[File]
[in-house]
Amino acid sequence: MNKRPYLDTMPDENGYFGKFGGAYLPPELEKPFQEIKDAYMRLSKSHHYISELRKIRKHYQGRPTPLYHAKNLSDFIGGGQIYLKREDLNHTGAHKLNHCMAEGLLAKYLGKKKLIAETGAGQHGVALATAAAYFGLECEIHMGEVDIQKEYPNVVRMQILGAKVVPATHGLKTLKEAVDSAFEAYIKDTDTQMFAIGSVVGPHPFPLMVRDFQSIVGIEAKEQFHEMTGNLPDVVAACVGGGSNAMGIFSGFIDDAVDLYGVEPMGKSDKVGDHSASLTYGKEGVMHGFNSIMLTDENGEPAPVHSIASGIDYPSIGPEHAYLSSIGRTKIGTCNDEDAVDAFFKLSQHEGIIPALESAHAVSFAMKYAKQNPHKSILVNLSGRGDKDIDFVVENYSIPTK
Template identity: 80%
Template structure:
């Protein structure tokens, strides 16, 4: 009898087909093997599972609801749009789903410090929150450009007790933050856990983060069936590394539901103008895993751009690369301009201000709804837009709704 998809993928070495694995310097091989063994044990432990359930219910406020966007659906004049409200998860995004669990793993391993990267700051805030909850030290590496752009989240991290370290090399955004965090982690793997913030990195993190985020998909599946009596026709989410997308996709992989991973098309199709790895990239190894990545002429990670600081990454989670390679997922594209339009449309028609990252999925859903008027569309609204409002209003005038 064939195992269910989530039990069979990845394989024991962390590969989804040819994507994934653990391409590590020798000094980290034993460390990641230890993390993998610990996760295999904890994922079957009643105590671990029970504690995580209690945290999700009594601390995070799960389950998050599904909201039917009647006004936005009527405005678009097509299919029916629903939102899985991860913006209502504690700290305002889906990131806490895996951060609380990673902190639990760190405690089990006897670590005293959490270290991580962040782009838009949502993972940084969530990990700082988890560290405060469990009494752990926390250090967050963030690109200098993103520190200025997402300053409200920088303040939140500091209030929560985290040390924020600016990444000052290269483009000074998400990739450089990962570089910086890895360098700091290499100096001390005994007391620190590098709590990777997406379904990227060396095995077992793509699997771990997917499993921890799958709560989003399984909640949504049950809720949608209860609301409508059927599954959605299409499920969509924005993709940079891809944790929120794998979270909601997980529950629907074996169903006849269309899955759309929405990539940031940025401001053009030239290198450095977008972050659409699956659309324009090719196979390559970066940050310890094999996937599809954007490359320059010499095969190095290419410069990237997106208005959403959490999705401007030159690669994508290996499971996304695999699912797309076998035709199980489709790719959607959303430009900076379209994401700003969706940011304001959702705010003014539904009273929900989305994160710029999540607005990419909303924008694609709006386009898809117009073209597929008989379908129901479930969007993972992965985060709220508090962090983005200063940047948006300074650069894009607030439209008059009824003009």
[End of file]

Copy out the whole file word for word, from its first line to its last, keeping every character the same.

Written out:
[in-house]
Amino acid sequence: MNKRPYLDTMPDENGYFGKFGGAYLPPELEKPFQEIKDAYMRLSKSHHYISELRKIRKHYQGRPTPLYHAKNLSDFIGGGQIYLKREDLNHTGAHKLNHCMAEGLLAKYLGKKKLIAETGAGQHGVALATAAAYFGLECEIHMGEVDIQKEYPNVVRMQILGAKVVPATHGLKTLKEAVDSAFEAYIKDTDTQMFAIGSVVGPHPFPLMVRDFQSIVGIEAKEQFHEMTGNLPDVVAACVGGGSNAMGIFSGFIDDAVDLYGVEPMGKSDKVGDHSASLTYGKEGVMHGFNSIMLTDENGEPAPVHSIASGIDYPSIGPEHAYLSSIGRTKIGTCNDEDAVDAFFKLSQHEGIIPALESAHAVSFAMKYAKQNPHKSILVNLSGRGDKDIDFVVENYSIPTK
Template identity: 80%
Template structure:
């Protein structure tokens, strides 16, 4: 009898087909093997599972609801749009789903410090929150450009007790933050856990983060069936590394539901103008895993751009690369301009201000709804837009709704 998809993928070495694995310097091989063994044990432990359930219910406020966007659906004049409200998860995004669990793993391993990267700051805030909850030290590496752009989240991290370290090399955004965090982690793997913030990195993190985020998909599946009596026709989410997308996709992989991973098309199709790895990239190894990545002429990670600081990454989670390679997922594209339009449309028609990252999925859903008027569309609204409002209003005038 064939195992269910989530039990069979990845394989024991962390590969989804040819994507994934653990391409590590020798000094980290034993460390990641230890993390993998610990996760295999904890994922079957009643105590671990029970504690995580209690945290999700009594601390995070799960389950998050599904909201039917009647006004936005009527405005678009097509299919029916629903939102899985991860913006209502504690700290305002889906990131806490895996951060609380990673902190639990760190405690089990006897670590005293959490270290991580962040782009838009949502993972940084969530990990700082988890560290405060469990009494752990926390250090967050963030690109200098993103520190200025997402300053409200920088303040939140500091209030929560985290040390924020600016990444000052290269483009000074998400990739450089990962570089910086890895360098700091290499100096001390005994007391620190590098709590990777997406379904990227060396095995077992793509699997771990997917499993921890799958709560989003399984909640949504049950809720949608209860609301409508059927599954959605299409499920969509924005993709940079891809944790929120794998979270909601997980529950629907074996169903006849269309899955759309929405990539940031940025401001053009030239290198450095977008972050659409699956659309324009090719196979390559970066940050310890094999996937599809954007490359320059010499095969190095290419410069990237997106208005959403959490999705401007030159690669994508290996499971996304695999699912797309076998035709199980489709790719959607959303430009900076379209994401700003969706940011304001959702705010003014539904009273929900989305994160710029999540607005990419909303924008694609709006386009898809117009073209597929008989379908129901479930969007993972992965985060709220508090962090983005200063940047948006300074650069894009607030439209008059009824003009």